IT’S TOO DAMN HOT

Heidi Giraud's "cool" painting

Heidi Giraud’s “cool” painting

Mark Twain said, “If you don’t like the weather, just wait five minutes.” In Los Angeles, I’d change that to: “Drive five miles.” It usually works, unless we get one of those high pressure systems that keep it boiling all over Southern California, like this week. From the mountains and deserts to the beaches, the temps range from 122 to 89 degrees. This afternoon we went  from a cloudless sky and low humidity to clouds and higher humidity. Frankly, I don’t like either choice, so I’m inside with the air conditioner and jazz music.

In most cities in the U.S. there’s a single weather forecast. It may be hot, cold, rainy, summer, winter, spring or fall. Here in SoCal, we don’t stick to those strictures. Our geology of mountains, valleys and ocean has determined a diversity of microclimates. Take a drive and in an hour’s time, you could motor through multiple temps and a variety of weather conditions.

We are the only city in the US with a mountain range that runs right through town.  Mountain ranges formed by the earthquakes that created California’s birth millions of years ago run up and down our state. I learned quickly when I moved here long ago not to expect the same temperature from one Los Angeles area to the other. It pays to keep an extra sweater and an umbrella in the car. And don’t go to the beach at any time of year without a wrap of some sort.

We have Mediterranean climate in LA, just what I sampled when I lived in Tripoli, Libya, in the 1950s. We have a dry season during the summer and rain, when and if it comes, during the winter. While the rest of the country is heating up in May and June, we don’t usually have true heat until August and September when the desert winds, called Santa Ana’s, sweep through town and head toward the beach. In May the fog and overcast is labeled May Gray and when it continues through June, it’s June Gloom. Those grand mansions in Malibu and Laguna Beach can be socked in for weeks without a hint of sunshine.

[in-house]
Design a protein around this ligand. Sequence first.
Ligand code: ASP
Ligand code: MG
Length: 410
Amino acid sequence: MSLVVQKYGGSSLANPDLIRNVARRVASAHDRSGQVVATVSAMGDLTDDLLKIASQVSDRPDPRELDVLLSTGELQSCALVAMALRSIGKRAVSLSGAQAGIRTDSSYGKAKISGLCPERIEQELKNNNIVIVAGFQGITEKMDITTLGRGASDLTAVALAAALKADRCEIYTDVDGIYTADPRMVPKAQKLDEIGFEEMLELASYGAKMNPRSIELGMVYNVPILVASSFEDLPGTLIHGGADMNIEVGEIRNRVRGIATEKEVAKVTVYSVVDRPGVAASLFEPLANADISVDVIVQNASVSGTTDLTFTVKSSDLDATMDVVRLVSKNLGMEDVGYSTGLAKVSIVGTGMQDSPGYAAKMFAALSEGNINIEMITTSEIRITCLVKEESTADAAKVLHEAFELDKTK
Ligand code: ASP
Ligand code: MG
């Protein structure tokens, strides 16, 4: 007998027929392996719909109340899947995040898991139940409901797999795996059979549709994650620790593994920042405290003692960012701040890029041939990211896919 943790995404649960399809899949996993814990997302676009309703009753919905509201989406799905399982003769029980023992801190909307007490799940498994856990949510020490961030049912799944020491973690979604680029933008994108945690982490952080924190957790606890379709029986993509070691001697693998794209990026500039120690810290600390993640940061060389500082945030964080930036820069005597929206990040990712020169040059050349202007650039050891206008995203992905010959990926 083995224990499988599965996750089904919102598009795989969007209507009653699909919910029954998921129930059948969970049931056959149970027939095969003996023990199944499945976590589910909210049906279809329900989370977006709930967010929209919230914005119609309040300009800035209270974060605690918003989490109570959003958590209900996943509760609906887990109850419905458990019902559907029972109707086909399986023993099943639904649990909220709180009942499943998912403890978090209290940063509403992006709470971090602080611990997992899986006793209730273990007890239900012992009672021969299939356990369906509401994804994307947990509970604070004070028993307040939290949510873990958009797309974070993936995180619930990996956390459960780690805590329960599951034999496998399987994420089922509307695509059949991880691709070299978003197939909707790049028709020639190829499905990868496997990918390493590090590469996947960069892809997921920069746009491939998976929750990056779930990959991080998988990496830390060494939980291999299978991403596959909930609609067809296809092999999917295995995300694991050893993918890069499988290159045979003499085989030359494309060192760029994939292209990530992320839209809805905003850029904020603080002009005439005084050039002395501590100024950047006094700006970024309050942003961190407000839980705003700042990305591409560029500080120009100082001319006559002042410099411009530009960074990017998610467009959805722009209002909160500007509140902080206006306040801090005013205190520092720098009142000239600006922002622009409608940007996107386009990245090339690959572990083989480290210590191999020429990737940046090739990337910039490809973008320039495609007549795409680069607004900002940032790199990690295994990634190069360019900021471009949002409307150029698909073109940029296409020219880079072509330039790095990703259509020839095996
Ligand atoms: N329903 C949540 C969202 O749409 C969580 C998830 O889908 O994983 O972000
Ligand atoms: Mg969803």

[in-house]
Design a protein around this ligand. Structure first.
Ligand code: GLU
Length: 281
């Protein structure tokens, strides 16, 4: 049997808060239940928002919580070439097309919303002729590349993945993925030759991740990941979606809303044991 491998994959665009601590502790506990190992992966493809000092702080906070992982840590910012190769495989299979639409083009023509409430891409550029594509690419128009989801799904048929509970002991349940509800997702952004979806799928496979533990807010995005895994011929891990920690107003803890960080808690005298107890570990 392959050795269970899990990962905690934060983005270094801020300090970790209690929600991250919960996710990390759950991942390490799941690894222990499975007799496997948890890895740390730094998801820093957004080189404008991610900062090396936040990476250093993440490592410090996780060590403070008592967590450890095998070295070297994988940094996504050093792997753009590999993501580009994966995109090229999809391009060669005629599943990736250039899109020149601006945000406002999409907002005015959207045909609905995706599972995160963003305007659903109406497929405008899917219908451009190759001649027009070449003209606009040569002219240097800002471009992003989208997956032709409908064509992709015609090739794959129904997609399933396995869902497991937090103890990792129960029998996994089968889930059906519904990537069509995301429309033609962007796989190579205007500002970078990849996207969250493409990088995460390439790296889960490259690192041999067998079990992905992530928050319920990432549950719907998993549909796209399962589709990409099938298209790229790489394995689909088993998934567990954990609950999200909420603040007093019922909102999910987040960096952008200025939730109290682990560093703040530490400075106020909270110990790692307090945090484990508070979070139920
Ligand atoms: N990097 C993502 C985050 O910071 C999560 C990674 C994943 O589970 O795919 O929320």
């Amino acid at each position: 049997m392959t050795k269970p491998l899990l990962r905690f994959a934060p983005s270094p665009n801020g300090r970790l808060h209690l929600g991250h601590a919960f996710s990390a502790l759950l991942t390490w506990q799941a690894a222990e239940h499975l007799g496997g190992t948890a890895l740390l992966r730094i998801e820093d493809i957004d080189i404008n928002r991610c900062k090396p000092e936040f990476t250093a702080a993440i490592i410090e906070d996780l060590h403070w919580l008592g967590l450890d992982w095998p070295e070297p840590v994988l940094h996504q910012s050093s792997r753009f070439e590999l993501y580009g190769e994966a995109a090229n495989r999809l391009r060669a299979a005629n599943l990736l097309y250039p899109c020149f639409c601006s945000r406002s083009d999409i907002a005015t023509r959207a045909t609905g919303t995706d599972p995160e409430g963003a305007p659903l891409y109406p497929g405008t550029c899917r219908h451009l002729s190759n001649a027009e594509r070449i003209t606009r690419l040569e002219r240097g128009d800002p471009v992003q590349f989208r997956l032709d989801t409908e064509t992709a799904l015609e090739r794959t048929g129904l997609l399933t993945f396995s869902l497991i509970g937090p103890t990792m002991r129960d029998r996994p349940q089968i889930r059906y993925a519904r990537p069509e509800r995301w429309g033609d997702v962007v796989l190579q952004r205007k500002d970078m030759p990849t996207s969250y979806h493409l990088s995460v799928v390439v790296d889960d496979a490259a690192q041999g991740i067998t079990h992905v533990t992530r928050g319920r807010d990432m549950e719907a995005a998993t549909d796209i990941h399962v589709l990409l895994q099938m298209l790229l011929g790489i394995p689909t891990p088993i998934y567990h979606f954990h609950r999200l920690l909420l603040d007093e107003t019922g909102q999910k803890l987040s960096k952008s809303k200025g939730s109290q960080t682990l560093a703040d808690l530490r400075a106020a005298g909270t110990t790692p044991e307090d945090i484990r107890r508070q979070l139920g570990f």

A sample weather forecast (depending upon the season) might be: Beaches (depending on whether they face west or south) — 74; Downtown L.A., often referred to as the Basin—81; Valleys (depending on which ones and where) – 90; Mountains – 75; and Deserts—110. The air conditioning can be roaring in the San Fernando Valley, but a beach excursion would require a sweatshirt and maybe even a windbreaker.

Rain usually averages 15 inches a year but there are years when it really pours. Where it pours depends on the elevation and the wind patterns. Our weather usually comes from the west, the Pacific Ocean. Mt. Wilson, which is east of downtown L.A. and 5,730 feet above sea level can get an average of 37 inches of rain, while the Civic Center, which is only 260 feet elevation receives the more normal 15 inches.

In a 1998 LA Times article on LA weather, Gary Ryan, a National Weather Service Meteorologist said, “There’s a bigger difference in elevation between the Los Angeles Civic Center and its surrounding mountains than Denver and its surrounding mountains.” With all the elevations we have in our city, we’ve probably got 20 different microclimate conditions in any one day.  The high pressure system is due to leave town in the next few days—good riddance!

 

 

 

 

One Comment

  1. Ruthann says:

    Do you find the weather is very different in the last few years from what it used to be? I also noticed that no one mentions the ozone any longer. I think, maybe, the ozone has thinned and has holes that as a result have increased the amount of sun on the earth therefore the different weather patterns.
    What do you think?

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